The new Child and Dependent Tax Credit will help families by providing a refundable credit each year for each child under 13 and dependent adults over 65 years of age or with disabilities. The new credit simplified existing benefits and removed the existing penalty for large families. The credit will be $310 per dependent in 2023 and $440 per dependent in 2024, and the value of the credit is not adjusted for inflation.
The dashboard below estimates– by legislative district – how many dependents are eligible for the Child and Dependent Tax Credit, based on U.S. Census microdata. The dashboard also allows you to see how much money would go to each district. The dashboard uses the most current legislative district boundaries.
Select the “Your District,” tab and choose the district from the dropdown. The table displays the district’s number of eligible dependent children under 13, the number of eligible adult dependents, and the percent of the district’s population that is eligible for the credit.
The tabs, labeled “MA House” and “MA Senate,” display maps of the House and Senate districts. Hover (hold your cursor over) any legislative district on the map to display data for that district.
The new tax credit consolidates and enhances two existing, fully refundable dependent credits: the Household Dependent Tax Credit (HDTC) and Dependent Care Tax Credit (DCTC). At present, families must choose between these credits, and the benefit is capped at two dependents, which penalizes larger families. The current maximum DCTC benefit is 25 percent higher than claiming the HDTC, which disadvantages alternative care arrangements like family and home-based care.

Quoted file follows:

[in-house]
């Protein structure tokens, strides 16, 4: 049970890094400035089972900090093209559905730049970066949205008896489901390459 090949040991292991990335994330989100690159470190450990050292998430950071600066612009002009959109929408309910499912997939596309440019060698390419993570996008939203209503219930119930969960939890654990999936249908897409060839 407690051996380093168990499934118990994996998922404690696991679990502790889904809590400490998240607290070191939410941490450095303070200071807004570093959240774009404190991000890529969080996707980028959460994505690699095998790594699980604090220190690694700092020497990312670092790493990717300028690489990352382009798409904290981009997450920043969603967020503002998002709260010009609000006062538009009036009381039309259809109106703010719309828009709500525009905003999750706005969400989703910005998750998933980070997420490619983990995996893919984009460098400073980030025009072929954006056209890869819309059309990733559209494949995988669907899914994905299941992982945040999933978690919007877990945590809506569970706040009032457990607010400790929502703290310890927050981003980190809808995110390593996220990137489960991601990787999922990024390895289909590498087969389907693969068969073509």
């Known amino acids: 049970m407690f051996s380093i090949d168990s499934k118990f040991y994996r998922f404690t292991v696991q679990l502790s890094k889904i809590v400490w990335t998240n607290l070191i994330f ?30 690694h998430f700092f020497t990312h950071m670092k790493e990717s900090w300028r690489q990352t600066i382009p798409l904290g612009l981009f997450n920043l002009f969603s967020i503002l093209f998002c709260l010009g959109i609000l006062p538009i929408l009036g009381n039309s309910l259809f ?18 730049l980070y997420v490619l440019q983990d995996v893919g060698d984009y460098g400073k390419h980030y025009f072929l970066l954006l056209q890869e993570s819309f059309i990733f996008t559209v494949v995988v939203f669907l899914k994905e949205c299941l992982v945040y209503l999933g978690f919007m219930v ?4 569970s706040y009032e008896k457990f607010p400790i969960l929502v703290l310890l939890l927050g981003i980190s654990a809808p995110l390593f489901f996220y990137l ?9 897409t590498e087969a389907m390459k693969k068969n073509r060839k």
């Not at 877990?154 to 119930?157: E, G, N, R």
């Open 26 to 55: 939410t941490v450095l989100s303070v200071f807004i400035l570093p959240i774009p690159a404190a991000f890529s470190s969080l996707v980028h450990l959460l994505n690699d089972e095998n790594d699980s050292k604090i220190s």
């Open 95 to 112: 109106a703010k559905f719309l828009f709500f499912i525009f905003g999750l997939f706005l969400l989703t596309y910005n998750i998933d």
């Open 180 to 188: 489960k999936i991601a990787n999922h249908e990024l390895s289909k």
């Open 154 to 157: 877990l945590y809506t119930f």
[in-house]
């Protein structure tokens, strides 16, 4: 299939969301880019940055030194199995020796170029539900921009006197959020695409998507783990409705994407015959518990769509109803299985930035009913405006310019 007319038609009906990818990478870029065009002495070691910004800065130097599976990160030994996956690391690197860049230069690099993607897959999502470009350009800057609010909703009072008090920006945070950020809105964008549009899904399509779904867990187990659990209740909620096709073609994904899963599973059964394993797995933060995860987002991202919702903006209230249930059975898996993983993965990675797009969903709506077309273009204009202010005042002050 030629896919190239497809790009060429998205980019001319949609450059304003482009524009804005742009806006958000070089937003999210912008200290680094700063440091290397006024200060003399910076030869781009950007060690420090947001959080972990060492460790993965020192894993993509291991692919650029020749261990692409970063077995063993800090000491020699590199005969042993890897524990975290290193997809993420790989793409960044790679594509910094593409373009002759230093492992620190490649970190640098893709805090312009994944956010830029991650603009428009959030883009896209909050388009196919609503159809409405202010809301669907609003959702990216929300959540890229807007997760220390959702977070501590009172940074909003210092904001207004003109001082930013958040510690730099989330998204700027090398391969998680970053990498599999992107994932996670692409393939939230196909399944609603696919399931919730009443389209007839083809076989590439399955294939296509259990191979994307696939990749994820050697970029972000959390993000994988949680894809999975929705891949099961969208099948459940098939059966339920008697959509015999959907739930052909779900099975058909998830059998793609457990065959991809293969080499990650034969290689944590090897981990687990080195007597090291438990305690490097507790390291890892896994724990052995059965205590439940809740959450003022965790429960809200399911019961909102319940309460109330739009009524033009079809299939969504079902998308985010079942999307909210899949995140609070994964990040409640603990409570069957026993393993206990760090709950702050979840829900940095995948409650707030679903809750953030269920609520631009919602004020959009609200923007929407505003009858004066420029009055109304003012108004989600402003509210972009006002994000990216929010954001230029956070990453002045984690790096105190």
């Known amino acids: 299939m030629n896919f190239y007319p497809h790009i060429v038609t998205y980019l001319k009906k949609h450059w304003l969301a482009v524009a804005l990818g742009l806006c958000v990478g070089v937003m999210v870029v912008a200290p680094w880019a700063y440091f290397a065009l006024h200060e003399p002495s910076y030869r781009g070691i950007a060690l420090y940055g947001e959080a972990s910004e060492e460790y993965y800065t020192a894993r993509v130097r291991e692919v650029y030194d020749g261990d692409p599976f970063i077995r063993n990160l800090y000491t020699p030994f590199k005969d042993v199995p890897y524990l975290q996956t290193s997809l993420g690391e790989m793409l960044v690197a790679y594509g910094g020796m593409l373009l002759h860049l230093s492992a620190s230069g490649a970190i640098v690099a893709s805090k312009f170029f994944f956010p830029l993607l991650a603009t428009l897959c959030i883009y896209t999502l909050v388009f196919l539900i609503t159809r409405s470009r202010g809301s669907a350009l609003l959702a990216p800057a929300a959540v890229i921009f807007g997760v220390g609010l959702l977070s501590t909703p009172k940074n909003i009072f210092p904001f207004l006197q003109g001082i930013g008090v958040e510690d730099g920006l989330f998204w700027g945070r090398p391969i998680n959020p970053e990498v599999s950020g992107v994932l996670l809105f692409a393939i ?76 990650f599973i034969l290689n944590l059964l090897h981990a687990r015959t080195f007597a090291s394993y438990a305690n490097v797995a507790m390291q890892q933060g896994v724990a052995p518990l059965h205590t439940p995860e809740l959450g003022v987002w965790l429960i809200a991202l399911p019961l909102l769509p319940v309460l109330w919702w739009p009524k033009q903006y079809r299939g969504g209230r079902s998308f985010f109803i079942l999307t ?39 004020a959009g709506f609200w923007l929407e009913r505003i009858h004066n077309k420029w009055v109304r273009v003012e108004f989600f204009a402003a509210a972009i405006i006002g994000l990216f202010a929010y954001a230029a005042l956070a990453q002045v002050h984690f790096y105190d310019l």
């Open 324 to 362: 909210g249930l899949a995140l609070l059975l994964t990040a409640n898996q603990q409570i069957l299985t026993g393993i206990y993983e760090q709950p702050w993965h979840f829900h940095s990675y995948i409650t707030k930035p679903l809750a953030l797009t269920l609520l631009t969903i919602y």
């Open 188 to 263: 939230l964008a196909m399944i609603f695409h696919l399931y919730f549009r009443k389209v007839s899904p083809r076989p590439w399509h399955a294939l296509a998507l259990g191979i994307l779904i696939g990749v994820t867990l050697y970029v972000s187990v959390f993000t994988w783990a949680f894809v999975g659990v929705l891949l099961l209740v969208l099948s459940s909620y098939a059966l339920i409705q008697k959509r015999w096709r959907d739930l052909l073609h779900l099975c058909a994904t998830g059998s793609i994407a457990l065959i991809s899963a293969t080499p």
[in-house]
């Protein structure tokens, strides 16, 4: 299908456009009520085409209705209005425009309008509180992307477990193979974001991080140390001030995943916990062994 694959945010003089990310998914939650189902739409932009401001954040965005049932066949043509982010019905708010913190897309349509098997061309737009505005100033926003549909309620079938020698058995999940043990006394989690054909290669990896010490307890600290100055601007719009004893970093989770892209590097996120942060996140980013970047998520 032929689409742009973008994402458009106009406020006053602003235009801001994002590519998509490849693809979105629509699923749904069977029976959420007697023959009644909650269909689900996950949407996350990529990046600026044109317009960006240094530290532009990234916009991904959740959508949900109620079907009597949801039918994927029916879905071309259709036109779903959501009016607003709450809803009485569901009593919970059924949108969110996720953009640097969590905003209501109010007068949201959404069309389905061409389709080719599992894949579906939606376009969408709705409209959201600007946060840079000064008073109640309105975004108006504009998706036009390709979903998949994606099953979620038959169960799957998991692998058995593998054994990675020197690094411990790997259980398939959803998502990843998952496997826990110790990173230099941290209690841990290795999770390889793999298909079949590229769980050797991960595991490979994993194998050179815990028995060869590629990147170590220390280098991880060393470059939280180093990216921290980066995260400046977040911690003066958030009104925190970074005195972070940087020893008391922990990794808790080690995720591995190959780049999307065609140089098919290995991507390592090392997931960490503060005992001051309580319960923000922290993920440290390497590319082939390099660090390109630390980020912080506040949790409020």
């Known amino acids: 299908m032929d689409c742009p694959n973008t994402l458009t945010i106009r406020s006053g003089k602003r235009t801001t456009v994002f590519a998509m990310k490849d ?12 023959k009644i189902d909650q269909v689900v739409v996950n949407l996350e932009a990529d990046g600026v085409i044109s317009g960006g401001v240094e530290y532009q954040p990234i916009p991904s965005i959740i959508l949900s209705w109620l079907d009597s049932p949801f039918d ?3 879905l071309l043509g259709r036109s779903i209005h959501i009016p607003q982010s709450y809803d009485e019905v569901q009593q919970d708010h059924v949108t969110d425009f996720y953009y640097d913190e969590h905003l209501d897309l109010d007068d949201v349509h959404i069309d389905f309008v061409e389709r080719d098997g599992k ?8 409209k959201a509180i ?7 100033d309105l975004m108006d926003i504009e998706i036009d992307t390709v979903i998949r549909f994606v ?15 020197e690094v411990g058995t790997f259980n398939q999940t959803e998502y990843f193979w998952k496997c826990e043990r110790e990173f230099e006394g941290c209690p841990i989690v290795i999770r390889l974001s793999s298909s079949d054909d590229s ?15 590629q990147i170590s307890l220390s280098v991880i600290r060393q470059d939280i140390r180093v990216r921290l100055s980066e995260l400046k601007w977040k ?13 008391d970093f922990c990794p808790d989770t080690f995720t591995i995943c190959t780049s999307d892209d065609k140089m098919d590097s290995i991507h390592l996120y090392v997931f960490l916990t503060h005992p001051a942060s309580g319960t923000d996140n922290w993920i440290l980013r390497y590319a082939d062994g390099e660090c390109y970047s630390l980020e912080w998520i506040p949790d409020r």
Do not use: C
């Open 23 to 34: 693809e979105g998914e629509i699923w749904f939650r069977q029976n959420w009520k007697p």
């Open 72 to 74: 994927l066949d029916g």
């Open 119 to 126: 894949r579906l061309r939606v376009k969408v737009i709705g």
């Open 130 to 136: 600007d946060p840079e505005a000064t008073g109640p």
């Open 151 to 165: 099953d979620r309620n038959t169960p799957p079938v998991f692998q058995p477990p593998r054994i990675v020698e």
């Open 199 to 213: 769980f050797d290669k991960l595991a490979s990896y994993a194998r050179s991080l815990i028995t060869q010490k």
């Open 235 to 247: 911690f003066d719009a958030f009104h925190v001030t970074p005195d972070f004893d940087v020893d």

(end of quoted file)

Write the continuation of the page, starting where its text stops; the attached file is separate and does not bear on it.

Prior to the creation of the CDTC, a family could claim a maximum of two eligible dependents, a restriction that was eliminated under the new credit. Table 1 shows the difference in total credit dollars available for families with three or four dependents under prior law and the new CDTC.
|Maximum Credit Under Current Law and Proposals
The dashboard utilizes data from the U.S. Census Bureau to show how many dependents will be eligible for the proposed Child and Family Tax Credit (CFTC) in each legislative district. On average there will be just over 6,000 eligible dependents per House district and 24,000 eligible dependents per Senate district, which have larger populations. Fully 91 percent of eligible dependents are children.
The expanded CDTC will reach families in need of support and help advance racial equity. Communities of color bear a disproportionate share of the burden of economic hardship in the Commonwealth. For example, white residents in Massachusetts have a lower poverty rate than do Black residents. Our analysis of Census data suggests that BIPOC communities particularly benefit from the CDTC due to a greater share of those eligible for the credit compared to their share of the state population. The top districts in terms of population eligible for the credit also tend to have larger BIPOC communities.